I beg to differ, at least partially.
Although there are certainly some aspects of continuation from Dear Heather
to Old Ideas
, there are also substantial differences.
On the musical side, yes, you may have a point, there is a lot of programmed music in both, but there is a little more “live” music on OI, including one track with the band (I wish there were more!). However, like Ten New Songs
before it, DH was produced and arranged by Sharon Robinson and Leanne Ungar, and both have specific characters; OI is much more varied in that respect, with various studios and several people involved, including Patrick Leonard (whose music is the weakest side of the album, unfortunately; the more I listen to it, the more dissatisfied I am with his tracks). Of course, LC must have had the last say in everything, but still, you can feel that many people had their hands in it.
More importantly, as far as the lyrics are concerned this is quite a different album than the previous one. DH was like a basket full of various kinds of fruits. Exceptionally for LC, it included lyrics by other poets to which he wrote the music (“Go No More A-Roving” by Byron, “Villanelle For Our Time” by Frank Scott), a song “based on a Quebec folk song” (“The Faith”), as well as one non-Cohen song (“Tennessee Waltz”). There are tracks that felt like an “experiment” or a “joke” without much substance (“Morning Glory”, “Dear Heather” and perhaps also “Because Of”), a recitation of a poem without much music (“To A Teacher”), a comment on current events (“On That Day”), an atypical sweet little song with Anjani (“Nightingale”), and two or three songs that are more typical LC (“The Letters”, “There For You”, and “Undertow”, which is very short). OI, on the other hand, has 10 songs all with lyrics by LC, most of them very typical and dealing with the familiar themes of spirituality, sexuality, suffering and the artist’s calling; I have expended on these themes in another thread:viewtopic.php?f=55&t=31398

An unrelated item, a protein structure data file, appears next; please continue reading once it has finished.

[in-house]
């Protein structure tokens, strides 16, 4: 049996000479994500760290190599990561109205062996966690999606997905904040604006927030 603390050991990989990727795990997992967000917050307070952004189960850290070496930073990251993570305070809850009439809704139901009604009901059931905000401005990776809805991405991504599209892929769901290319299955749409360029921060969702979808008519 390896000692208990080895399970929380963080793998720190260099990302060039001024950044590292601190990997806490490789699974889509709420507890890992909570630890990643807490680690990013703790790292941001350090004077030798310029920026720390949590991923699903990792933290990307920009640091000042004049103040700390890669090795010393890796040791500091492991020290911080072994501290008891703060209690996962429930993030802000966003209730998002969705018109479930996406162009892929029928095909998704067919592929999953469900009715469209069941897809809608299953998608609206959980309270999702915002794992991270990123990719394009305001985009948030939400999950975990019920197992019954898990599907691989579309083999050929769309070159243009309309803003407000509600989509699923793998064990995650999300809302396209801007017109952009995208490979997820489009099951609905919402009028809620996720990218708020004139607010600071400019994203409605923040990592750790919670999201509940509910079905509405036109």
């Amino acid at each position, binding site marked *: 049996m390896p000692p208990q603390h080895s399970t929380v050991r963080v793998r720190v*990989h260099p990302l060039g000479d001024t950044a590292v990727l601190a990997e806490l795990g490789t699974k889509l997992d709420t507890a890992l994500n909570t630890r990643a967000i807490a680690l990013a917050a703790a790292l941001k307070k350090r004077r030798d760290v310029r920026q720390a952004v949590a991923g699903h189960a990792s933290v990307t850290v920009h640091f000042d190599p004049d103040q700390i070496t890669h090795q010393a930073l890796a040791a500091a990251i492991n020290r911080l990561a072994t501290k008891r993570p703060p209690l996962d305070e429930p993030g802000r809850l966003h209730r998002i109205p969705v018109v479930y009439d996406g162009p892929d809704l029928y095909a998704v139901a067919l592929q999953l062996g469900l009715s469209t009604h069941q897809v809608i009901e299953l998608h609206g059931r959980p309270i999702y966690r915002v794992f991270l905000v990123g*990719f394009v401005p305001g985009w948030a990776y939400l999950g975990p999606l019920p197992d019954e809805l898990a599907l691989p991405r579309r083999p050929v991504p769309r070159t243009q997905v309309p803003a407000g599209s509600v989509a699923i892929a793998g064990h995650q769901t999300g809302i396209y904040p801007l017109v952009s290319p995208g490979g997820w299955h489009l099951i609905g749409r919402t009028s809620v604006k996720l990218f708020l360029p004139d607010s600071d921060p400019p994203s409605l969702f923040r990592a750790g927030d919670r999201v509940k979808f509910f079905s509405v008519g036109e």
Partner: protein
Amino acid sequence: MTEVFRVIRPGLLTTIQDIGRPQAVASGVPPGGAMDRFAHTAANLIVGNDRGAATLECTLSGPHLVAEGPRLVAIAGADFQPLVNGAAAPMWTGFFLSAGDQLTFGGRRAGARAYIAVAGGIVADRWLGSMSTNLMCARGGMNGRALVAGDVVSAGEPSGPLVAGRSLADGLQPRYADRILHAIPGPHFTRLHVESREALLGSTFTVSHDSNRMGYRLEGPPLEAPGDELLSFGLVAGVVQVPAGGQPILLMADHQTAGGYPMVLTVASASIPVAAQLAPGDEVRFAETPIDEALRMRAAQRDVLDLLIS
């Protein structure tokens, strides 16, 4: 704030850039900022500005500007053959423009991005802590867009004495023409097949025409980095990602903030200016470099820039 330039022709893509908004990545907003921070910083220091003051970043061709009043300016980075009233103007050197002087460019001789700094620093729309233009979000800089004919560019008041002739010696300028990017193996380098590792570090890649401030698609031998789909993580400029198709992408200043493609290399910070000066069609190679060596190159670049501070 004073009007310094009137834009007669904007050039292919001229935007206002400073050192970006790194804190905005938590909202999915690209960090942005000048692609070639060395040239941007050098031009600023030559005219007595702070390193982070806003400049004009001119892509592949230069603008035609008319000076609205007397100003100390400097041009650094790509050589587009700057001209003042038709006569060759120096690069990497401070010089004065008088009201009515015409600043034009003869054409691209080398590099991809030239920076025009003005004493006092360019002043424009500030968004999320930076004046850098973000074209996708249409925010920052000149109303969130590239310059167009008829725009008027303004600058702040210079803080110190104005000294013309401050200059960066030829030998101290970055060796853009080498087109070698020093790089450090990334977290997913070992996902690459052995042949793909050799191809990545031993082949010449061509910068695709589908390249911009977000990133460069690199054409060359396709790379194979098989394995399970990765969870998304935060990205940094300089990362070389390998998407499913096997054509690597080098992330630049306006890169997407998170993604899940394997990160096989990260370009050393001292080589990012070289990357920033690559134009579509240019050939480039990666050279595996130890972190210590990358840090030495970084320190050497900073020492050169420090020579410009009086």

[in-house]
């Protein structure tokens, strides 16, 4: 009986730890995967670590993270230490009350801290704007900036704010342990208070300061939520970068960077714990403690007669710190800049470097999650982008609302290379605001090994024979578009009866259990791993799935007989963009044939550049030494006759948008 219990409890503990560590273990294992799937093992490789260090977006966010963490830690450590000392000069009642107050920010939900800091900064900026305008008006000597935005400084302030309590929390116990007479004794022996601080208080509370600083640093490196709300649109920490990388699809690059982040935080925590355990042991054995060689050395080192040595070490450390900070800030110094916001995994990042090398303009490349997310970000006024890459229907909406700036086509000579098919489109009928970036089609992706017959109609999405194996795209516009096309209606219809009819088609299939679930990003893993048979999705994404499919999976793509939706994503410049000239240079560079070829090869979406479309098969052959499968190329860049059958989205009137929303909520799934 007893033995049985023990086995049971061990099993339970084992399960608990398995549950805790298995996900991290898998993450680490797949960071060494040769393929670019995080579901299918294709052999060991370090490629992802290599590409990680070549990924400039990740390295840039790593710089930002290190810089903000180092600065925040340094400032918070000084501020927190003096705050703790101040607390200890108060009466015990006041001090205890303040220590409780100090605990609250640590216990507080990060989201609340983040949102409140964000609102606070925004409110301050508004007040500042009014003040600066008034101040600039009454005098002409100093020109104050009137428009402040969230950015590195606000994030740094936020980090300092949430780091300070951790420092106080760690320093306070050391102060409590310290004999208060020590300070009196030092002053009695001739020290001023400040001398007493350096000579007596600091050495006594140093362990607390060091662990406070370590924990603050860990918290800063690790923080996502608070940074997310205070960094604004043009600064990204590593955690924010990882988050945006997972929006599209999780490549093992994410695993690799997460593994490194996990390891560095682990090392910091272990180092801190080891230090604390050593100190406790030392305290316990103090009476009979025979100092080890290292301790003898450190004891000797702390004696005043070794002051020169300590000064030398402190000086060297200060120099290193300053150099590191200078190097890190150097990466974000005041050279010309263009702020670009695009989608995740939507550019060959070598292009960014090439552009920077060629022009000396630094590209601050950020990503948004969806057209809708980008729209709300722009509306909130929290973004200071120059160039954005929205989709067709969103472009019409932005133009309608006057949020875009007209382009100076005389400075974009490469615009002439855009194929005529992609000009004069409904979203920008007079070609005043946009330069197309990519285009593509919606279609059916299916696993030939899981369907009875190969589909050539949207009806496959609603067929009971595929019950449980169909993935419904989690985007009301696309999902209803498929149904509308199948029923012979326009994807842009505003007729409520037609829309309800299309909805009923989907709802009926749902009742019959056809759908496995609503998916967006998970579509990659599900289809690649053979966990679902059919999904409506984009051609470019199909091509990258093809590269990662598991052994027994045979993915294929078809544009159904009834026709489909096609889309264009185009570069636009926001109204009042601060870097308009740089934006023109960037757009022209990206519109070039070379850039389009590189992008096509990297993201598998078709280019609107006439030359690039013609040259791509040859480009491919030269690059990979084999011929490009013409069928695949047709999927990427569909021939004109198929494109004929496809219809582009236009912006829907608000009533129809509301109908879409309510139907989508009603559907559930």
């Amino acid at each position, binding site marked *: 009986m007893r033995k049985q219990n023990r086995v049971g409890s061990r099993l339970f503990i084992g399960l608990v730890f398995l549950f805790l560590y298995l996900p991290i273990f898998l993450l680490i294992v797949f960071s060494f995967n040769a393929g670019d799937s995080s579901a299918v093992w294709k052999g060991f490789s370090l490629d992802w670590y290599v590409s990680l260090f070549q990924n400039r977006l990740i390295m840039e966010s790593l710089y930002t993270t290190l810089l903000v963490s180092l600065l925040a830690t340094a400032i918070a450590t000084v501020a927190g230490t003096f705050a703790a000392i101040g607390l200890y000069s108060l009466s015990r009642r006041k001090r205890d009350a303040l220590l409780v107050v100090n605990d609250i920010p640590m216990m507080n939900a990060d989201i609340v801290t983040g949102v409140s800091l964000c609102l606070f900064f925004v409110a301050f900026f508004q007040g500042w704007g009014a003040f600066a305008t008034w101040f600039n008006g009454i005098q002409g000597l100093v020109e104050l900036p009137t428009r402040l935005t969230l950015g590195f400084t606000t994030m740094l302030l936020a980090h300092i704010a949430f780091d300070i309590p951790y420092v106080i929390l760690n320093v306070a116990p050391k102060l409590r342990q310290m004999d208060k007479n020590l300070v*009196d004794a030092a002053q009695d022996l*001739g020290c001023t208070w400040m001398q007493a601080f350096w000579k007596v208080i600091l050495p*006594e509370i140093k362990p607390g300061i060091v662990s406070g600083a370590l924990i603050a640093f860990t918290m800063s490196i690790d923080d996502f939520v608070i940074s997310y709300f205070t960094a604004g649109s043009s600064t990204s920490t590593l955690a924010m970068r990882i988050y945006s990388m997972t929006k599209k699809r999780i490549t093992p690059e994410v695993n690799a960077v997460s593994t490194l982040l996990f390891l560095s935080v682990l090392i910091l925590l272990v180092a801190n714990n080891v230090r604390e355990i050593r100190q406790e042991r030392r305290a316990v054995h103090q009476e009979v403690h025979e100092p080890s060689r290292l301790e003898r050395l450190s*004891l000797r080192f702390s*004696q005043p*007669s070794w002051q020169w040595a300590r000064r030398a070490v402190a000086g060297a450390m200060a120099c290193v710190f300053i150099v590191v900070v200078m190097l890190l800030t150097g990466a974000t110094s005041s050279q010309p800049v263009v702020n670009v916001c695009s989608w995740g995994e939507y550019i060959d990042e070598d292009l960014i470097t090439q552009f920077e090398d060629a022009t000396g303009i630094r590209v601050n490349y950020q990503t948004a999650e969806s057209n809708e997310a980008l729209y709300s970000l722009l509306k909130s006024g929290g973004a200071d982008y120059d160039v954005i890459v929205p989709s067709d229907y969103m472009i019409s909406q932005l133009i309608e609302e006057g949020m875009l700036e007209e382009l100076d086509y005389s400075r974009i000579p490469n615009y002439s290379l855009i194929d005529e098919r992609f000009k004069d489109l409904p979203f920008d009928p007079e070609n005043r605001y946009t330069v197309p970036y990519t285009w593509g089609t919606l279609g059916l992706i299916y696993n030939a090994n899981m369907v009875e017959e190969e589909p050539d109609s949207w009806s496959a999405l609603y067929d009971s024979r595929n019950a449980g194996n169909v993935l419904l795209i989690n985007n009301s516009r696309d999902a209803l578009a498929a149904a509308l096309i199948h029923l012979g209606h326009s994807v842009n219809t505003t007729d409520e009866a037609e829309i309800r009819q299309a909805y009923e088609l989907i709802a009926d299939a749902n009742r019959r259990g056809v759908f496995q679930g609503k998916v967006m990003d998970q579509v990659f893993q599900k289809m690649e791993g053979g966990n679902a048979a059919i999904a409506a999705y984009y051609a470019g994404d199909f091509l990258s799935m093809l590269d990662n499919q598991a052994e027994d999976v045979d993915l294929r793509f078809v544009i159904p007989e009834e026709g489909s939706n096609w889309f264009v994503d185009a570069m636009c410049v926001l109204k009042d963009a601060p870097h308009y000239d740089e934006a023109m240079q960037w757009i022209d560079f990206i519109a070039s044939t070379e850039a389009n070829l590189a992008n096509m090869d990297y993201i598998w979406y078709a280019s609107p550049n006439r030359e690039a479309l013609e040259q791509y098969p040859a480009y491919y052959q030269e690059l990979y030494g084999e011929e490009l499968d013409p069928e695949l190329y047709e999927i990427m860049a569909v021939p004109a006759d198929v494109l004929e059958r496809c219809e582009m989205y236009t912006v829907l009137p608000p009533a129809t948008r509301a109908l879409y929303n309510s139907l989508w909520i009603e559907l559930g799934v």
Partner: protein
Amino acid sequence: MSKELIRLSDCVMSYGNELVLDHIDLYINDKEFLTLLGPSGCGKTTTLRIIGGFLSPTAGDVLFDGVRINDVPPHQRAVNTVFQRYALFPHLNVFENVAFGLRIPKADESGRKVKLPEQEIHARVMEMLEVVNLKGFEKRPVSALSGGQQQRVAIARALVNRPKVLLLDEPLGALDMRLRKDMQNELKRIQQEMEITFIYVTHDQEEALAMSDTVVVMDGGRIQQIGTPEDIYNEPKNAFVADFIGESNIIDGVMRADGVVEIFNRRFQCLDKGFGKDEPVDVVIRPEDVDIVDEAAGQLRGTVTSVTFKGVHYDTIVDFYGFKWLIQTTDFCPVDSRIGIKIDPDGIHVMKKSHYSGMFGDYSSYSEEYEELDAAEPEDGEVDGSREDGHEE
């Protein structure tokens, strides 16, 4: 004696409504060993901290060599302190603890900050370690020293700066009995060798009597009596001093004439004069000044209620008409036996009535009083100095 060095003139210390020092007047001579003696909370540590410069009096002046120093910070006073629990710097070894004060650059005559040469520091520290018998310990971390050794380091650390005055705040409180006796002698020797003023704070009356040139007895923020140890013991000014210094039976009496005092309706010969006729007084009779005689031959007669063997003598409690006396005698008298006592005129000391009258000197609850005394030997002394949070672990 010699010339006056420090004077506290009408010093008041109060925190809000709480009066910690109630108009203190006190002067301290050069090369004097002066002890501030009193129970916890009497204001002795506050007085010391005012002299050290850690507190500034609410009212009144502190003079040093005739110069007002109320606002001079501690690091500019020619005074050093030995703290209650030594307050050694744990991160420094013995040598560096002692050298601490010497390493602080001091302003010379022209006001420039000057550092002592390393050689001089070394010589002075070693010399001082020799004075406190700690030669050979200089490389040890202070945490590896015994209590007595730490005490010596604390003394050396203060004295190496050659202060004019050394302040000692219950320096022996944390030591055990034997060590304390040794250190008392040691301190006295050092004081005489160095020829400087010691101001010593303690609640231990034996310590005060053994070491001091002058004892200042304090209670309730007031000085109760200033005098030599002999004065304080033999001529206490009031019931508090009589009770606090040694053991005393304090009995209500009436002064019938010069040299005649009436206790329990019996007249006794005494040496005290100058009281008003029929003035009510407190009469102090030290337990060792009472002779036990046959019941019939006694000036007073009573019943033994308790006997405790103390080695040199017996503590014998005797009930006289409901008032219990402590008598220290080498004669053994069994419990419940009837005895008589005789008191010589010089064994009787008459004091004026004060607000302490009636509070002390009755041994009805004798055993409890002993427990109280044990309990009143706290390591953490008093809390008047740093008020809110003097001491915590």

So, thematically this album goes back to TNS and earlier albums, including several substantial songs that could become LC standards. No track from DH was ever performed on the recent long tour (that doesn’t make the album unsubstantial in my mind; on the contrary, it has its own value, but in a different way; I think LC put into it different odds and ends that reflect his whole career, from the young poet in Montreal and from his roots in Country music, up to his old age, and he speaks in it very personally to those who followed him throughout the years). OI, on the other hand, has several tracks we can expect to be performed in future concerts (some were already performed), perhaps even the whole album.
So, although musically this album represents no major breakthrough compared with the previous one or two, it is still a very different album than DH, and in its poetry closer to TNS.